What I am saying with all this is that machines could be made to understand ethics in various ways, and the outcome could vaguely look like they abide by laws, but the concept that such laws can be programmed is simplistic.
A point that K. Eric Drexler makes about nanotechnology research also applies to AI research. If a capability can be gained, eventually it will be gained and we can therefore not base humanity’s survival on AI never happening. Doing so is denying the inevitable. Instead, we can only hope to manage it as well as possible. Suppose we took the view that ethical people would not create AI. By definition, the only people creating it would be unethical people, who would then control what happened next—so by opting out, all the ethical people would be doing would be handing power over to unethical people. I think this makes the position of ethical withdrawal ethically dubious.
NORM: Yours is a keen observation: that the more different from humans an AI becomes, the more inherently dangerous it may be. The same might be said for broadly divergent human cultures and religions, as recent events suggest. Major problems occur when isolated people hold conflicting religious views, or when some believe in God and others do not. It seems important that once an AI is constructed, it should be taught the value of secularism and open-mindedness.
PAUL: I would agree with that. I am also sure some theists, when they have overcome some objections to AI, will take a different view. People will try to project their own views onto their machines. A Vatican City AI system in the year 2150, for example, is not likely to be very atheistic, if they have anything to do with it. This would be a bad idea. AI systems could be very powerful and you really want them to act with a correct view of reality; when something has a seriously flawed view of reality it can’t be trusted. AI does cause some philosophical problems for religion anyway, so it will be interesting to see how they deal with it all.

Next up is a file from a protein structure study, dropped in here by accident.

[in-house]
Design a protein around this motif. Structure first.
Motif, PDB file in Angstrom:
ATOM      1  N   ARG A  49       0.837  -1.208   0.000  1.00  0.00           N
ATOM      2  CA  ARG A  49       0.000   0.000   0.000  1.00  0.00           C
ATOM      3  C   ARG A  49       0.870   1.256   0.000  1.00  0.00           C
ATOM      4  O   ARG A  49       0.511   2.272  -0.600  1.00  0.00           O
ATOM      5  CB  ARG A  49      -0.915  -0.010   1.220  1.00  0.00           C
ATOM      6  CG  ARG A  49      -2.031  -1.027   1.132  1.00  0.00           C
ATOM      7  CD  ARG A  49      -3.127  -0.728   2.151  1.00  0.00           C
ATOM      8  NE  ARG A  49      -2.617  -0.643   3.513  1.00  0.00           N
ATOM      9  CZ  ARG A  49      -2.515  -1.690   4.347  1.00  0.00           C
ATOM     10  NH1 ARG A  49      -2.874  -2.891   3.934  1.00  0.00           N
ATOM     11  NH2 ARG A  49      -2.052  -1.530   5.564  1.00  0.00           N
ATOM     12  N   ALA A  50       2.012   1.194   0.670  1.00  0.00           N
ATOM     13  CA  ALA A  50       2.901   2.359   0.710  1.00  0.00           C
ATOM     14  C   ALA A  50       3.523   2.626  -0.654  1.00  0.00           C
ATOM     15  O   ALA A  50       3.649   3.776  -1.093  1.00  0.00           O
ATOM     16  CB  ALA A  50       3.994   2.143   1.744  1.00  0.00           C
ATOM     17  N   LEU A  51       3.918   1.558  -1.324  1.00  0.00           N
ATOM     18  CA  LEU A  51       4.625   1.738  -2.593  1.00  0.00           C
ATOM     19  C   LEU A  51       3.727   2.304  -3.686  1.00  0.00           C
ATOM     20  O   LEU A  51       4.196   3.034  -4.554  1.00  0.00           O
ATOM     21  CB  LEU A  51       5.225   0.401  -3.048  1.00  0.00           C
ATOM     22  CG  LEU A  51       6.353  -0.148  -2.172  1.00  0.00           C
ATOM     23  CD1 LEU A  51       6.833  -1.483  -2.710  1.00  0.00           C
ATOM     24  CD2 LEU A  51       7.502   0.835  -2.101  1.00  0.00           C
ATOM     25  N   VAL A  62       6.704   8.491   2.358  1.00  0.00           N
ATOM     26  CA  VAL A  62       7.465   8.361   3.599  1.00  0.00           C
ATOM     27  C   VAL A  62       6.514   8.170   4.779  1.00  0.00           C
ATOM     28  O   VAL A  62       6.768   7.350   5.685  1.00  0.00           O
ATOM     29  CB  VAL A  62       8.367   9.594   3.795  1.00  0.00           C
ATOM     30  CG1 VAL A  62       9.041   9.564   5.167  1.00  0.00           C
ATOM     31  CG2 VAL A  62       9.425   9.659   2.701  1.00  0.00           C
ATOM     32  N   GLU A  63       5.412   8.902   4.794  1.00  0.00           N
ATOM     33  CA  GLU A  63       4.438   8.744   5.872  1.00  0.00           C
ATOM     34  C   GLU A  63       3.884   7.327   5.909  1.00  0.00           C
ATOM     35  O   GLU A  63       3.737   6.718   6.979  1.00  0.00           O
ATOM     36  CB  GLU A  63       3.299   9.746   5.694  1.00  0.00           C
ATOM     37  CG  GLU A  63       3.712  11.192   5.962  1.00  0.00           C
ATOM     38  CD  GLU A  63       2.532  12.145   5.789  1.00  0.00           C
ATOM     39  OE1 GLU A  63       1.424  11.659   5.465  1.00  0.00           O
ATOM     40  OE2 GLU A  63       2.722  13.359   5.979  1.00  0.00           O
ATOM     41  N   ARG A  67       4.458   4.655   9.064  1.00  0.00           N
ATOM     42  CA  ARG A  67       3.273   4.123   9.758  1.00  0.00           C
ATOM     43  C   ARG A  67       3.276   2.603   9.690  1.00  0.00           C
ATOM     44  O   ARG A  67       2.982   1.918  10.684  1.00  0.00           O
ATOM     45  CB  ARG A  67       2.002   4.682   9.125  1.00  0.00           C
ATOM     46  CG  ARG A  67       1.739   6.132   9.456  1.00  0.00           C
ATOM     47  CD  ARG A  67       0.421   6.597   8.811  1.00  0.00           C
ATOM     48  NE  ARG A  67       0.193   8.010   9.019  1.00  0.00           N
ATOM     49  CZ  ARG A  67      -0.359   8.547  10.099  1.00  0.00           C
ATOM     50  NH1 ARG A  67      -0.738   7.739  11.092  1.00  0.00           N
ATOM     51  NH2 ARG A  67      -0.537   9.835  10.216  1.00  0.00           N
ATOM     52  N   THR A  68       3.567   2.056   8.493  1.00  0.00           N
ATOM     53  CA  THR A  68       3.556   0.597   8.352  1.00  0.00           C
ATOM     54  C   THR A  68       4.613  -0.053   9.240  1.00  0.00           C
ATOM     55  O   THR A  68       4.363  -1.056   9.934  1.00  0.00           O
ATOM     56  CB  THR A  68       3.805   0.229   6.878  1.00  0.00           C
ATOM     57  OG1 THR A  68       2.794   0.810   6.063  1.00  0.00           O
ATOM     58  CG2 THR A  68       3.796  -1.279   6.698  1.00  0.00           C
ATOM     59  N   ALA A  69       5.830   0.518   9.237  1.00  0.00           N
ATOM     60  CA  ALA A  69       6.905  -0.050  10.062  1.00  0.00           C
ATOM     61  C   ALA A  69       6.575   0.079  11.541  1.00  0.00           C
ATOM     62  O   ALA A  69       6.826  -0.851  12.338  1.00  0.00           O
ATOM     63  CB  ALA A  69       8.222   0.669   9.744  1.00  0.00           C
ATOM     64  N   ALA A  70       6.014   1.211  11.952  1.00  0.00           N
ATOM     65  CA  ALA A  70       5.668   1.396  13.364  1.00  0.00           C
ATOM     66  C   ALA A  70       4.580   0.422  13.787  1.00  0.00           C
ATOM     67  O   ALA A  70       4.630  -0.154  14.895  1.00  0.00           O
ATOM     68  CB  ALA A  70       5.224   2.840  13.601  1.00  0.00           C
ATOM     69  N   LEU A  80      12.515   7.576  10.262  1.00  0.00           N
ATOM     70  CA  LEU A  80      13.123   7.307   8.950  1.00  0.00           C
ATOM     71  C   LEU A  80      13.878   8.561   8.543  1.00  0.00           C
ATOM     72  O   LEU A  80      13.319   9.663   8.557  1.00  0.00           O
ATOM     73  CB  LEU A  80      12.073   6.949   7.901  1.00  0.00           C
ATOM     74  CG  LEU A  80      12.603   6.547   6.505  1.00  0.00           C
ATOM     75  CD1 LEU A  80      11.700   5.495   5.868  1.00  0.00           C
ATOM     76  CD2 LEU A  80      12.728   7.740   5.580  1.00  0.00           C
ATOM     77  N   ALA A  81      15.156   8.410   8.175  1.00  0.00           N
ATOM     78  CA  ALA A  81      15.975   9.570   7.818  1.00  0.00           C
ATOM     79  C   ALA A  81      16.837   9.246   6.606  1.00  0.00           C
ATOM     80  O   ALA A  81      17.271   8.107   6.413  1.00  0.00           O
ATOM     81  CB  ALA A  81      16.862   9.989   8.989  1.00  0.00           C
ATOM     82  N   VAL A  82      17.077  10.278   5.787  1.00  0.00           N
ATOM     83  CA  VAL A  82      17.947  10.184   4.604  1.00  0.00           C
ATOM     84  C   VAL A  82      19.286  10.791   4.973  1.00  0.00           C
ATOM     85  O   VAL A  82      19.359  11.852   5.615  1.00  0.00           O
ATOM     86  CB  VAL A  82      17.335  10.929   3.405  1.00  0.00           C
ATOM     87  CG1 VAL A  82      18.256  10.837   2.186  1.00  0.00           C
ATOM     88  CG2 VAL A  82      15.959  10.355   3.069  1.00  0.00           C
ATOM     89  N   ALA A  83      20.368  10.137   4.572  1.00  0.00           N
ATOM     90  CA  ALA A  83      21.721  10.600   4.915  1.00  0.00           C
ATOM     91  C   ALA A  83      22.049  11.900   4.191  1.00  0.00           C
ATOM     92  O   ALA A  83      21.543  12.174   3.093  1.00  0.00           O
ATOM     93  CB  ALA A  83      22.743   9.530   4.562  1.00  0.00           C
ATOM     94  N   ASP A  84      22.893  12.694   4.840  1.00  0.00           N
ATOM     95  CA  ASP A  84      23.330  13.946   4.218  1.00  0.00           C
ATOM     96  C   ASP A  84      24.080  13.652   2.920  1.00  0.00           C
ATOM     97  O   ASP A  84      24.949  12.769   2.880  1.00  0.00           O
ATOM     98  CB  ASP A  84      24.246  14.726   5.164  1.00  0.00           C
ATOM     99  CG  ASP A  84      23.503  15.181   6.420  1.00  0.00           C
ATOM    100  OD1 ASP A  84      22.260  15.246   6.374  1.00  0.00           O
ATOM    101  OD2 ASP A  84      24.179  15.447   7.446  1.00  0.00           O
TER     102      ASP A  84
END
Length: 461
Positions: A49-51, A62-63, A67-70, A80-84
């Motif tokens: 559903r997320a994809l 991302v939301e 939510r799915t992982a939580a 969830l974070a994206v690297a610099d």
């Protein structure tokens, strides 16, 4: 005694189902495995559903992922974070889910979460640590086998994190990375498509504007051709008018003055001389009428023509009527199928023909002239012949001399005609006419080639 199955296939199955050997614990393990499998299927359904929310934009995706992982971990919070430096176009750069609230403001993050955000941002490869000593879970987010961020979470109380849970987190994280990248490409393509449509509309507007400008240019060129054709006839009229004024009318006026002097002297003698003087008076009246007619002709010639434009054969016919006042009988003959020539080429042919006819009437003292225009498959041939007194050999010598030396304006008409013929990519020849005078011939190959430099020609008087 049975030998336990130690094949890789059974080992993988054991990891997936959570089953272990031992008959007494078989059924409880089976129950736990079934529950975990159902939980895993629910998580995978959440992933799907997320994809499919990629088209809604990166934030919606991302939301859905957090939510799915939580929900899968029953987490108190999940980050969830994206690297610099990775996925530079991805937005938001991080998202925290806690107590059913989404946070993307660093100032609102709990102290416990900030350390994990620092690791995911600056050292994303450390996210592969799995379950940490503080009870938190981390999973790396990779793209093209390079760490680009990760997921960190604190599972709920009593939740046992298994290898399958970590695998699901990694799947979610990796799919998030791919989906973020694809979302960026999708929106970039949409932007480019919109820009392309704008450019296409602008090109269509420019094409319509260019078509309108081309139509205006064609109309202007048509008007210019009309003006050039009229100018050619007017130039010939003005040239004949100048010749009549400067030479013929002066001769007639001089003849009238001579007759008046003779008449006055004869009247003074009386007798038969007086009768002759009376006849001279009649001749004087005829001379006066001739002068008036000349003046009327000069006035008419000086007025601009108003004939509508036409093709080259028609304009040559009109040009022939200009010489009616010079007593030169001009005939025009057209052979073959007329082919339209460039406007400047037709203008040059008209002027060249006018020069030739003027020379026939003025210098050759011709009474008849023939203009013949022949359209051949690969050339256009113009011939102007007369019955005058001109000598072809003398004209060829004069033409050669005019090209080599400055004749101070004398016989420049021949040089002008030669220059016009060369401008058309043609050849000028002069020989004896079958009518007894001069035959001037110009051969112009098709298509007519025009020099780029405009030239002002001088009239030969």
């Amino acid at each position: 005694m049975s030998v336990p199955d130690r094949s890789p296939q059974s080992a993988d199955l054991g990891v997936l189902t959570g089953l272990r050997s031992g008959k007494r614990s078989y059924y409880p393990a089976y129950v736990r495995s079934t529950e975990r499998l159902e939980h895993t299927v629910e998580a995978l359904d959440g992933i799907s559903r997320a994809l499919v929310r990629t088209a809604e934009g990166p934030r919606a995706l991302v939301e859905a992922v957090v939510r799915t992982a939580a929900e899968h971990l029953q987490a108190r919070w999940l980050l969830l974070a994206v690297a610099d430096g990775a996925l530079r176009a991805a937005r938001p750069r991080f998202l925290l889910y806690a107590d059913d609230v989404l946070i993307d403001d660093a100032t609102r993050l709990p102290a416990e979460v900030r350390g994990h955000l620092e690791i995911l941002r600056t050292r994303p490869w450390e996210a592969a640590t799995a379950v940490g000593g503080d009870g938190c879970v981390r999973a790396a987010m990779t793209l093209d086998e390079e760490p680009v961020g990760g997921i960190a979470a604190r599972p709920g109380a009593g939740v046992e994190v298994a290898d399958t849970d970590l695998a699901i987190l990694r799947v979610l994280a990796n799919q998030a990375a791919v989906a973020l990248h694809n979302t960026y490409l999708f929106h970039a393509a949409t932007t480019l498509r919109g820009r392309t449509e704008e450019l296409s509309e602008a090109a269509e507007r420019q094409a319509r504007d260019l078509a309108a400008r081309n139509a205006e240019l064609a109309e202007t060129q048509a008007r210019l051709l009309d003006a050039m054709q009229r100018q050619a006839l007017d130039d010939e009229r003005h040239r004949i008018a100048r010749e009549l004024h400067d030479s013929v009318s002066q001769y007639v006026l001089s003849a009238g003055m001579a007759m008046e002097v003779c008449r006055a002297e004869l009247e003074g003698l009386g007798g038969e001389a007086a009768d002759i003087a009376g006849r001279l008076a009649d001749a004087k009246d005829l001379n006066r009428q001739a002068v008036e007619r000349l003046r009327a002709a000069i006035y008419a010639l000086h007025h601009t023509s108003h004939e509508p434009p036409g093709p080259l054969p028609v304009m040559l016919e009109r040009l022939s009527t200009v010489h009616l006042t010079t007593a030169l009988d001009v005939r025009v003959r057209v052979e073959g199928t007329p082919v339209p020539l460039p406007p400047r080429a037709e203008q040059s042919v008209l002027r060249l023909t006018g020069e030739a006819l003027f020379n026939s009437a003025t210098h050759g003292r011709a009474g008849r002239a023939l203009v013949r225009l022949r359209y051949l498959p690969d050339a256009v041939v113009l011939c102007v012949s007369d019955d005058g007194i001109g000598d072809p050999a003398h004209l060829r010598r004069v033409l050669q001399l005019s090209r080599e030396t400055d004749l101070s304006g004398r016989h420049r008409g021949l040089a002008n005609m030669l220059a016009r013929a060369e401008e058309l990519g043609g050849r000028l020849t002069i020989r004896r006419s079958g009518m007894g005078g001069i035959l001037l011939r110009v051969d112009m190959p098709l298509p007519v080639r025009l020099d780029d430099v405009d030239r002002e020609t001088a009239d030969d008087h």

NORM: Which brings us to the topic of God. Do you believe such a being exists?
PAUL: No, I do not think God exists. When we want to know the chances of something existing we should look at two things: how extreme the claim is and how strong the evidence. The less extreme the claim and the stronger the evidence then the more likely it is that the claim is true. How do we measure how extreme a claim is? I would say that the more information that has to be added to our view of reality to describe the claim then the more extreme the claim is.
When we describe a claim we should be able, in principle, to do it formally, in a way that tells us how to use the claim as a predictive theory—that tells us what will happen in reality (even if only in probabilistic terms). Newton’s equations, for example, actually involve adding very little information to reality for a big predictive payoff, while invisible unicorns that move planets around would add considerably more. The main problem with the God idea is that it involves suggesting that a “mind” or “being” fundamentally or intrinsically exists. You cannot say what caused God. You cannot produce a simpler theory that explains God. If you are religious you are supposed to accept that God just is. This is the weak-point in religion. Saying that God “just is” means that we have to do one of two things: either we refuse to accept that God can be properly described as a predictive theory, even in principle, or we try to describe God, and because he “just is” we cannot have him being produced by something simpler—all of the information needed to describe God—to describe a mind—has to be part of God’s description. The first of these means we do not even have a properly constructed theory of reality and the second means that we have one of the most extreme theories—in terms of information content—than we can imagine.
An argument like this does not mean that something vaguely like God could exist. As an example, it does not address claims of things like God that may not be assumed “just to exist” but may be claimed to follow on from some simpler theory, so that the “information cost” of making the God claim is reduced; it does not show that the observable universe cannot be artificial per se—and we would have to consider that sort of claim separately. But religious claims do not tend to be like that: they tend to say God just is.
NORM: Surely this view has implications for the possible development of AI.